We must all now be warriors…

Working at senior levels in major organisations exposes you to decision makers with different personalities, motives, and different ways of interpreting a situation. You tend to calibrate decision makers, and hone instincts that alert you to circumstances where  their decisions take the organisation in a direction destined to fail. These instincts woke like never before while watching Mr Putin’s theatrics justifying the invasion of Ukraine. Mr Putin has put himself and his regime on the road to eventual demise, at least that’s what the Badger senses.

By invading Ukraine, Mr Putin has shaken democracies out of a comfortable complacency with Russia, galvanised democratic nations into unity of action, and forced the United Nations to question Russia’s membership of the Security Council. Mr Putin has ‘form’; he sent troops into Georgia and Crimea and his regime’s institutions are implicated in using a nerve agent against people in Salisbury in the UK and an opposition activist in Russia itself. The regular television pictures of him sitting at his long table distanced from others conveys an insecurity and the aura of an obsessed, irrational, barbaric, bully corrupted by power. A bully, however, can only be a bully if those being bullied allow themselves to be a victim. Standing up to a bully by not allowing them to have power over you is the best way to deal with any bully, and that’s just what the courageous people of Ukraine are doing. Western democracies are now doing this too and Mr Putin will be held responsible for his actions.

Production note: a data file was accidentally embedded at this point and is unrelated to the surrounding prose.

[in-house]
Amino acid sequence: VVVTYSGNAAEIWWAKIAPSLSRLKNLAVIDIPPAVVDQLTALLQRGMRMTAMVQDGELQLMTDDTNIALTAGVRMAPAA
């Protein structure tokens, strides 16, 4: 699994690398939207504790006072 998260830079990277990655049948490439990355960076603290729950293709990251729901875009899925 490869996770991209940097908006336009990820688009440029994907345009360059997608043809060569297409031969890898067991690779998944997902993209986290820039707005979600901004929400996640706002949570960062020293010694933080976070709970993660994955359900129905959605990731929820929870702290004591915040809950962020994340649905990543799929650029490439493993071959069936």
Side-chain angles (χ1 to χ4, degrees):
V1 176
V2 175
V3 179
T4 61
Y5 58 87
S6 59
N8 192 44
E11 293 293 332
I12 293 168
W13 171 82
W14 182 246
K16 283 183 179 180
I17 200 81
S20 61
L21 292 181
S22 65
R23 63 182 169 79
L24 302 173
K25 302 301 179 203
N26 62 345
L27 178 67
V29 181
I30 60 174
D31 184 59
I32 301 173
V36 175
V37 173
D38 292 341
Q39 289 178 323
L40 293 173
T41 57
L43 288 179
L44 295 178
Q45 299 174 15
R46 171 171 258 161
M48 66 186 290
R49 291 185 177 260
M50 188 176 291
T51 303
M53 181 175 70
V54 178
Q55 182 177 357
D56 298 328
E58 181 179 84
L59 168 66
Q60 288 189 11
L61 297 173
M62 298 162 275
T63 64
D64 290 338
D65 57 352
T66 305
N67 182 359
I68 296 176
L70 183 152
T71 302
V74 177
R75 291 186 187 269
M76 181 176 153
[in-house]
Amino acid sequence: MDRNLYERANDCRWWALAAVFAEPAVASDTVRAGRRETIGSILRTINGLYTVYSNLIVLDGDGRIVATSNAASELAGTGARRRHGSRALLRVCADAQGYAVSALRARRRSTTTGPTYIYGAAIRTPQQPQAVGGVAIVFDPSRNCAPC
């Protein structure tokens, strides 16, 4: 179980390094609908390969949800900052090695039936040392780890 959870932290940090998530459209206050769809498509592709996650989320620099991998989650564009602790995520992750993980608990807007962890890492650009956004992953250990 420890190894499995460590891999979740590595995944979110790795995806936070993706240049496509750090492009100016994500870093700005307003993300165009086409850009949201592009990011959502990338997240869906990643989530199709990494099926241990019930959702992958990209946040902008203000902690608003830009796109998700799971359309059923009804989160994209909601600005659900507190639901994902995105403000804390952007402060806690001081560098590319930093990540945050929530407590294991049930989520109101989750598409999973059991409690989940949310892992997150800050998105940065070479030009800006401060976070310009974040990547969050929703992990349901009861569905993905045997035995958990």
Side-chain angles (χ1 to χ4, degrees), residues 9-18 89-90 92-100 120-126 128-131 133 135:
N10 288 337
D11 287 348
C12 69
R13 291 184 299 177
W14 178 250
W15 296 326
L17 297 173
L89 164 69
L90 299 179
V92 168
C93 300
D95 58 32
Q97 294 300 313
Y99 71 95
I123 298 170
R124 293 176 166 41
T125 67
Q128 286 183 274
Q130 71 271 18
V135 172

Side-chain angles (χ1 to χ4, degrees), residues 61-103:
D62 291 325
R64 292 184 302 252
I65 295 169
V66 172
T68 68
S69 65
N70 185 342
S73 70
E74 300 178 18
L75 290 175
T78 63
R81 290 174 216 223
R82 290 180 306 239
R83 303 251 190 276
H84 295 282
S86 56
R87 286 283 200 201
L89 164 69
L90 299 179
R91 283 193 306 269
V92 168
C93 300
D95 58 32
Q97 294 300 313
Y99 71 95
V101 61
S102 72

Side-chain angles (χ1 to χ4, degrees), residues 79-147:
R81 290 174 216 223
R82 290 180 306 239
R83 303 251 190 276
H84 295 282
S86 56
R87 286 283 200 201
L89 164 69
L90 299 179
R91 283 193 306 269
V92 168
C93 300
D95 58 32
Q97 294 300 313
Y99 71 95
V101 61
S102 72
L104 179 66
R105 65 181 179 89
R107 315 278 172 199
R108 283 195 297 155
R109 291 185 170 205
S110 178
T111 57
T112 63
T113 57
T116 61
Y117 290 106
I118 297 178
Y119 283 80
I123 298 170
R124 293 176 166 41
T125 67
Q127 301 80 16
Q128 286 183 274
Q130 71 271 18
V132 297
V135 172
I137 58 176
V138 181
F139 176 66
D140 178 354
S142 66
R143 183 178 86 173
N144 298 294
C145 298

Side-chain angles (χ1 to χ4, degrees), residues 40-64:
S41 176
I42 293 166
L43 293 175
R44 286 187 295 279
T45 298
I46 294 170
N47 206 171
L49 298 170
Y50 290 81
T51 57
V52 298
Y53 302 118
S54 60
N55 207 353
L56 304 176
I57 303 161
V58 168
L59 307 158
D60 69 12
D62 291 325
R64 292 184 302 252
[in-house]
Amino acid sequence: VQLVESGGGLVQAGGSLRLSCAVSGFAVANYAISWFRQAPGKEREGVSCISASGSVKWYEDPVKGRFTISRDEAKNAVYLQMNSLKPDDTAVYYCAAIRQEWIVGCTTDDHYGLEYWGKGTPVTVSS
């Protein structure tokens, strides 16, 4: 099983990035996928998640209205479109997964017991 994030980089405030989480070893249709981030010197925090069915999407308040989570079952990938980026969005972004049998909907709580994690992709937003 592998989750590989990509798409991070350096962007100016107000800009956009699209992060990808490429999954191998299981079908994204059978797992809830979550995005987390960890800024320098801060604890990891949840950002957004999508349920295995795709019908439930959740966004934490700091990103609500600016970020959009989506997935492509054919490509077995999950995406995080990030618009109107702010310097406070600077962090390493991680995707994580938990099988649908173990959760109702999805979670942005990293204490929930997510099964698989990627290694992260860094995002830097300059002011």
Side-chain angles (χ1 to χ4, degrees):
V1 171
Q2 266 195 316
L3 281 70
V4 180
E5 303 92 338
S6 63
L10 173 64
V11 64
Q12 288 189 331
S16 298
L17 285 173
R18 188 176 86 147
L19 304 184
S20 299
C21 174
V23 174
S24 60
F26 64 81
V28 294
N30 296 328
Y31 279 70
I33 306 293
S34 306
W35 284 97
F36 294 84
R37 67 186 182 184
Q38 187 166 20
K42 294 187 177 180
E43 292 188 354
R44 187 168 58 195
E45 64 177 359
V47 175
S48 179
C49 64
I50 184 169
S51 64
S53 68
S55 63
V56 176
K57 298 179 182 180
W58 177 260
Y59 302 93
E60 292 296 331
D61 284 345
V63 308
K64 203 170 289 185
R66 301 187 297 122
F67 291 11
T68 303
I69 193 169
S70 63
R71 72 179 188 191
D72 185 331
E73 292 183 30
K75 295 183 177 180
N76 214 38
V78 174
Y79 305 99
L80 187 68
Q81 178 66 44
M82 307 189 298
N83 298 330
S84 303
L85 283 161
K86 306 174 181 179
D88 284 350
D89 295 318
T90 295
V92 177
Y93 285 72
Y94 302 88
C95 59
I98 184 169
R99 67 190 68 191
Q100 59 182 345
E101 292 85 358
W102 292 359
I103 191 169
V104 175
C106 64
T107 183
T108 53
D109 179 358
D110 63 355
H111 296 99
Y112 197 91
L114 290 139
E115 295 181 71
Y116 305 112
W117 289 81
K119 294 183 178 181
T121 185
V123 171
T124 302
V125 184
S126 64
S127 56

The fate of the Ukrainian people is in the balance, but their ‘fight to the end’ spirit reminds the Badger of his father’s stories from sheltering as a twelve-year old boy in London’s Underground during the Blitz in World War 2. He often said that ‘everyone believed they had right on their side, and everyone had a warrior spirit inside to fight if enemy troops arrived in London’. This inherent spirit is much in evidence in Ukraine today.

Today’s world is highly dependent on connected IT systems and computer devices, and nations across the globe have been ramping up their defensive and offensive cyber capabilities over the last decade to mitigate threats. However, although cyber incidents undoubtedly feature in this conflict, this war shows that conventional military forces with bombs and bullets are needed to take territory and supress a population. Although few people consider themselves to be any kind of warrior, the Ukrainians have shown not only that we have to fight for our freedoms, but also that in today’s world this means we must all now be warriors. The world today is different to that experienced by my father during the London Blitz. Mr Putin, however, has shown that while the world might be different, with people like himself in positions of enormous power, the world is no better than it was 80 years ago.